Over 500,000 people are homeless in the United States. The number of homeless individuals and families has increased in recently years, partly due to the economic instability of the COVID-19 pandemic. In response, the House Financial Services Subcommittee on Housing, Community Development Insurance held a February 2nd hearing on “Housing America: Addressing Challenges in Serving People Experiencing Homelessness.”
In his opening statement, subcommittee Chairman Rep. Emanuel Cleaver (D-MO) said the lack of housing resources across the nation is a barrier to solving homelessness. He supports the $150 billion proposed in the Build Back Better Act that would go toward housing and community development programs. Ranking Member Rep. French Hill (R-AR) talked about several nonprofits that successfully serve homeless veterans and others in his district. In his comments, Rep. Hill said homeless service providers should not have to comply with the Housing First approach to receive HUD funding.
Five witnesses provided testimony on their areas of expertise regarding homelessness:
- Adrienne Bush, Executive Director of the Homeless and Housing Coalition of Kentucky
- Marc Dones, Chief Executive Officer of the King County Regional Homelessness Authority
- Ann Oliva, Vice President for Housing Policy at the Center on Budget and Policy Priorities
- Nan Roman, Chief Executive Officer of the National Alliance to End Homelessness
- Harriet McDonald, President of the Doe Fund
The witnesses explained that homelessness has increased steadily each year since 2016. Homelessness disproportionately impacts people of color. Bush said only 8% of Kentucky identifies as Black, but 25% of the state’s homeless population is Black. In many cases, homeless individuals have jobs but cannot afford housing because their wages are too low and rents are rising too quickly. All witnesses urged the committee to increase funding for affordable housing and homeless service providers.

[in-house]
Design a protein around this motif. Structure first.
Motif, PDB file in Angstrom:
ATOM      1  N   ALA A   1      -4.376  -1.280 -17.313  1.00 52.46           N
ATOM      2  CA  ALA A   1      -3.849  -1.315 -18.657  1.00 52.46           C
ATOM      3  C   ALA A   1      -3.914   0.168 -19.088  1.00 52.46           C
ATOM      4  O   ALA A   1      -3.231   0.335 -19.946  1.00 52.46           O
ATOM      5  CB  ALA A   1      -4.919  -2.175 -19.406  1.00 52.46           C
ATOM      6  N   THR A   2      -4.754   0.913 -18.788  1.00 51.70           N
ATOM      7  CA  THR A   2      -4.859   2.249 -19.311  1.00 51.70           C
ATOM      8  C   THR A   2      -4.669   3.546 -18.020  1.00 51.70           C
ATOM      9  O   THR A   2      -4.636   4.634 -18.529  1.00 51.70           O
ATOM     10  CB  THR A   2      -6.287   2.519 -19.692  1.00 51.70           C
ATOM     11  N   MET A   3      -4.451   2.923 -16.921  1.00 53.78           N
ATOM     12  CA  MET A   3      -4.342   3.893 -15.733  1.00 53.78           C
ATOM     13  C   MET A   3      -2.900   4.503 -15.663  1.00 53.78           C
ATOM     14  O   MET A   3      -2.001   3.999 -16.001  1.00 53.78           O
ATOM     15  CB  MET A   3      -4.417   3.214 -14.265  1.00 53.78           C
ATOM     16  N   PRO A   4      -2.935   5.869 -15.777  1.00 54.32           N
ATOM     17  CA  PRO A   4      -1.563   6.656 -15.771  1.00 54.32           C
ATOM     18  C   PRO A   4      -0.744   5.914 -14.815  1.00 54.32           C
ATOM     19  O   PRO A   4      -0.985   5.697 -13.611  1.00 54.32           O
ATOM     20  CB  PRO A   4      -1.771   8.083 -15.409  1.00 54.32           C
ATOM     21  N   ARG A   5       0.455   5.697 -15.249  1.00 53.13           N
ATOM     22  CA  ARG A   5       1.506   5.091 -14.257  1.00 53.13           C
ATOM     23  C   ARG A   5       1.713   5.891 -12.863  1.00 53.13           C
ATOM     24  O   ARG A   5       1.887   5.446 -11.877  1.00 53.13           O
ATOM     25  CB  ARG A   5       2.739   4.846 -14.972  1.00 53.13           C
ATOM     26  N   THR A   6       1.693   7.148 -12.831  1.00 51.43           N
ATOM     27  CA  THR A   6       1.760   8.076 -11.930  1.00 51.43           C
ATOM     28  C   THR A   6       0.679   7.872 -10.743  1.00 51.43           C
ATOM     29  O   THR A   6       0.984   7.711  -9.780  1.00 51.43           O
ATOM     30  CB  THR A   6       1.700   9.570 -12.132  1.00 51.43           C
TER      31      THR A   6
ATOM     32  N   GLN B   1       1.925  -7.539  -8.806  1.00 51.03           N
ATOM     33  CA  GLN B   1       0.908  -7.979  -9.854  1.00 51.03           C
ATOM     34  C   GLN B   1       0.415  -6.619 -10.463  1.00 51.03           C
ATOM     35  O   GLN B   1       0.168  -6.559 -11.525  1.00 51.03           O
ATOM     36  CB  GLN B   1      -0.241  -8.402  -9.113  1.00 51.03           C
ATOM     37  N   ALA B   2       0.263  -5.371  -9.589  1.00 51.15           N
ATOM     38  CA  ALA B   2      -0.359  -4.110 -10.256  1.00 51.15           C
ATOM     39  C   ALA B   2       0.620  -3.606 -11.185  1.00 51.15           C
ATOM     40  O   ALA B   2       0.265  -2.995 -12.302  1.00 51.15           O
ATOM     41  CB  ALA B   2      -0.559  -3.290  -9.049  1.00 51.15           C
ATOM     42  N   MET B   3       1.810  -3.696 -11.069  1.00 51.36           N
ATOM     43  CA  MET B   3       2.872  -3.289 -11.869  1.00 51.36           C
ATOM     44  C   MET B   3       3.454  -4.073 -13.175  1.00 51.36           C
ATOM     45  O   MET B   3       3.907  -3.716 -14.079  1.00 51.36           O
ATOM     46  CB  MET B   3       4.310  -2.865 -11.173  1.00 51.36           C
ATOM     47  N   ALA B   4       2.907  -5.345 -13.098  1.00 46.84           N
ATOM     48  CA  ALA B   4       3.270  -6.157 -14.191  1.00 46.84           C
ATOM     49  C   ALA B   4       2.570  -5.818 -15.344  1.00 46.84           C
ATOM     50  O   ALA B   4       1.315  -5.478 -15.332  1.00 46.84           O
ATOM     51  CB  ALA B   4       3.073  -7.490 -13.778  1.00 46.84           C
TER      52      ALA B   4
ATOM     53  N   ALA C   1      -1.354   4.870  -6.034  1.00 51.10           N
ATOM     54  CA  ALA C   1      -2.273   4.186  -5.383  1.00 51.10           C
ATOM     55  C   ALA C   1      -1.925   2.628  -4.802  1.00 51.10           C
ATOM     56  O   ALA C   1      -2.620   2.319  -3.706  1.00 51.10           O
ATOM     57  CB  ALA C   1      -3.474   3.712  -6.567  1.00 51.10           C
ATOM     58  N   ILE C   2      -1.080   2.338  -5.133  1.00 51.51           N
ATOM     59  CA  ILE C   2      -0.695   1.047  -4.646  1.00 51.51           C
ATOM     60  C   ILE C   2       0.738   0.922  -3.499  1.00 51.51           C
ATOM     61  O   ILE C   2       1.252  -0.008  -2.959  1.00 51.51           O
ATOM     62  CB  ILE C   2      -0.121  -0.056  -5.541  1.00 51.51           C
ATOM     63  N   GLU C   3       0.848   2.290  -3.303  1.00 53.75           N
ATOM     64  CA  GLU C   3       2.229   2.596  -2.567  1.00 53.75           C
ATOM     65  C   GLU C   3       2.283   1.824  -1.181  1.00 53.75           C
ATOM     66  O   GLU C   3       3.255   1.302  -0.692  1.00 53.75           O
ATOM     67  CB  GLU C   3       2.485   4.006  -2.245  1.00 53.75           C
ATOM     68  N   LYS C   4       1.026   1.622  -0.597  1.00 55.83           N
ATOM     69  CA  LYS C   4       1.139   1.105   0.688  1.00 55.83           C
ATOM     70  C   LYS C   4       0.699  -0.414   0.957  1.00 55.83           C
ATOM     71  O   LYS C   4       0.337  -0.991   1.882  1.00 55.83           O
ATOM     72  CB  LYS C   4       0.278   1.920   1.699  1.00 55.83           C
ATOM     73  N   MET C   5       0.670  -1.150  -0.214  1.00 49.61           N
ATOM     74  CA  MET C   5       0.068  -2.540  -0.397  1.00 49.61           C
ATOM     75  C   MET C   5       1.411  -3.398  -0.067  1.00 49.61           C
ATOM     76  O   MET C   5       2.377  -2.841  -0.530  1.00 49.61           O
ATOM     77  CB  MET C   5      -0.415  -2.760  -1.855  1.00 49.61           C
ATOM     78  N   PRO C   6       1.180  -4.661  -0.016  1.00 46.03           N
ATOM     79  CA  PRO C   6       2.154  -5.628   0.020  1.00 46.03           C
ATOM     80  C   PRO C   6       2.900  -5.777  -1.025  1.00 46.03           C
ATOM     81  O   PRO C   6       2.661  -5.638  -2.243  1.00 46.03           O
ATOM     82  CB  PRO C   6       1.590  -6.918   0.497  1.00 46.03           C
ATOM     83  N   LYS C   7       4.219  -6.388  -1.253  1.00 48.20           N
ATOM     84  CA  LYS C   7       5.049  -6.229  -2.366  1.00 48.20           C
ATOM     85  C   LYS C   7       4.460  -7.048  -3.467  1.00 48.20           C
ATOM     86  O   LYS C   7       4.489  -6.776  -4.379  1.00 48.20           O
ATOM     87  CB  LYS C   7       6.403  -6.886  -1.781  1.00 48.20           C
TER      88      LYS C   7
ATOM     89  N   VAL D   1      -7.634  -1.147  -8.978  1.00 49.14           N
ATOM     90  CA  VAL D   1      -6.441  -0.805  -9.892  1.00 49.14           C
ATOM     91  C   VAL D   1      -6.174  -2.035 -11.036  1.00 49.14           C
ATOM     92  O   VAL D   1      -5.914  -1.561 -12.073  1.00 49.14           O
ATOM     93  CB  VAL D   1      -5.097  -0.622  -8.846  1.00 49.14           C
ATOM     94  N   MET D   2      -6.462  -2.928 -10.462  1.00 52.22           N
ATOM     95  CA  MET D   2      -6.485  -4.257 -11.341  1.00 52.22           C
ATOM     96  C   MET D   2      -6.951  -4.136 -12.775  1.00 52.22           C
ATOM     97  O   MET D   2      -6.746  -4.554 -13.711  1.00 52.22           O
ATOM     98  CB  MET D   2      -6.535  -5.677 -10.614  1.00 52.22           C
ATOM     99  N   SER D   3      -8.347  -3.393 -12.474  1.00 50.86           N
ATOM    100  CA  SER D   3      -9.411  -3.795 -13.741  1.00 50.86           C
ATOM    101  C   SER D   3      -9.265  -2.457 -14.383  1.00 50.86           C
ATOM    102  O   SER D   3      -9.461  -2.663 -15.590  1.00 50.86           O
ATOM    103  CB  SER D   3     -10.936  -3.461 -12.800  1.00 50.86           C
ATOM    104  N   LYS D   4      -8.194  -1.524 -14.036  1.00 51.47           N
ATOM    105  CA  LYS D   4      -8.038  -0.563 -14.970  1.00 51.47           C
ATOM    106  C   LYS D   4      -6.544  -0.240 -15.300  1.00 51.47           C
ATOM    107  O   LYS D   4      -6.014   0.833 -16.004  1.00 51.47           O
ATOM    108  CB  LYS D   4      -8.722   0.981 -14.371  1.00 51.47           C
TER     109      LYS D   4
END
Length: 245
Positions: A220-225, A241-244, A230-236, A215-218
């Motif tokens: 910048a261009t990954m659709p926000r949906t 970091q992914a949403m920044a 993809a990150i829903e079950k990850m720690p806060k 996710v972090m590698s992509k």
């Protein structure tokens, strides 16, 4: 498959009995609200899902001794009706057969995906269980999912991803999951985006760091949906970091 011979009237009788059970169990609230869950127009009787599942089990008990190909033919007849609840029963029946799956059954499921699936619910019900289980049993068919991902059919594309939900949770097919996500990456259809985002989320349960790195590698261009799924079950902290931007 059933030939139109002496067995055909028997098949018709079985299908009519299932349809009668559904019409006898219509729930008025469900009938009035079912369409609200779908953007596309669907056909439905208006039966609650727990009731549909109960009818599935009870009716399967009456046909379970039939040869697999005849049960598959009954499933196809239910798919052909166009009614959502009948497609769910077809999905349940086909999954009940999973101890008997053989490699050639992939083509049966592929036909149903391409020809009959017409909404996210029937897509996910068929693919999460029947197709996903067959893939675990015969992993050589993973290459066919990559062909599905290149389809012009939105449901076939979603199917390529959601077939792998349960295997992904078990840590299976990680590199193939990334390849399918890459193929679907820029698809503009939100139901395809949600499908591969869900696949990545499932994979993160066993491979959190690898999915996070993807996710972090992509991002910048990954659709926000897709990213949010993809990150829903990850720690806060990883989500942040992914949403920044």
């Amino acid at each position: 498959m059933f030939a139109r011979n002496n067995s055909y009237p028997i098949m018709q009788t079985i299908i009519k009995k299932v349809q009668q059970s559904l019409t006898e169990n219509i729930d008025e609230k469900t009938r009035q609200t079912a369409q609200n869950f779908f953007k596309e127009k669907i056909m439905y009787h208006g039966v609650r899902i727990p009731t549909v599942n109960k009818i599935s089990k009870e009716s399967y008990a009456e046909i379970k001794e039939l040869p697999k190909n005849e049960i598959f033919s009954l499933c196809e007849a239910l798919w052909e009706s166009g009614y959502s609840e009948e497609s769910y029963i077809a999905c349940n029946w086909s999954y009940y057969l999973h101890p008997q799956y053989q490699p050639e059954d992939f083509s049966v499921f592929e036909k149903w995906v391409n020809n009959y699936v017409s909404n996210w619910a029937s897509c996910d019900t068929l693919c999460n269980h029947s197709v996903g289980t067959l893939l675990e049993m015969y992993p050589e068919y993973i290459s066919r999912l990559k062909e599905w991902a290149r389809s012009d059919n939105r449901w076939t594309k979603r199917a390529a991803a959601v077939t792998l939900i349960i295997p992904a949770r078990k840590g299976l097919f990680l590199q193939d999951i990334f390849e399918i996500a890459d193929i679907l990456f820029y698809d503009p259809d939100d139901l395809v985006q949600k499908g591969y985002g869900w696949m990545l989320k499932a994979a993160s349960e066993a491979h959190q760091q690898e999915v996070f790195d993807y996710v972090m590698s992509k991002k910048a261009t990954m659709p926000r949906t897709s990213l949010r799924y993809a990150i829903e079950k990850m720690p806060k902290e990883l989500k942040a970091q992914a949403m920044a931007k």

Republican members of the subcommittee questioned McDonald about homeless services at the Doe Fund. She said their “three-legged stool” approach includes work, services (including drug treatment), and job training. Rep. Bryan Steil (R-WI) said he believes the Housing First approach ignores services, such as drug treatment, which are critical to addressing the homeless crisis. Both Oliva and Dones responded to Rep. Steil’s comments, explaining, “Housing First does not mean housing only.” The witnesses described the Housing First model as housing programs with voluntary wrap-around services.
Democrat subcommittee members spoke to the witnesses about several topics, including Housing Choice Vouchers, wages for homeless service providers, and affordable housing development. Rep. Ritchie Torres (D-NY) said, “The solution to homelessness is housing… homelessness is a policy choice.” Oliva agreed and advocated for affordable housing development through the National Housing Trust Fund and rental assistance through an expanded Housing Choice Voucher program.
Witness testimonies and the full recorded hearing is available on the House Financial Services Committee website.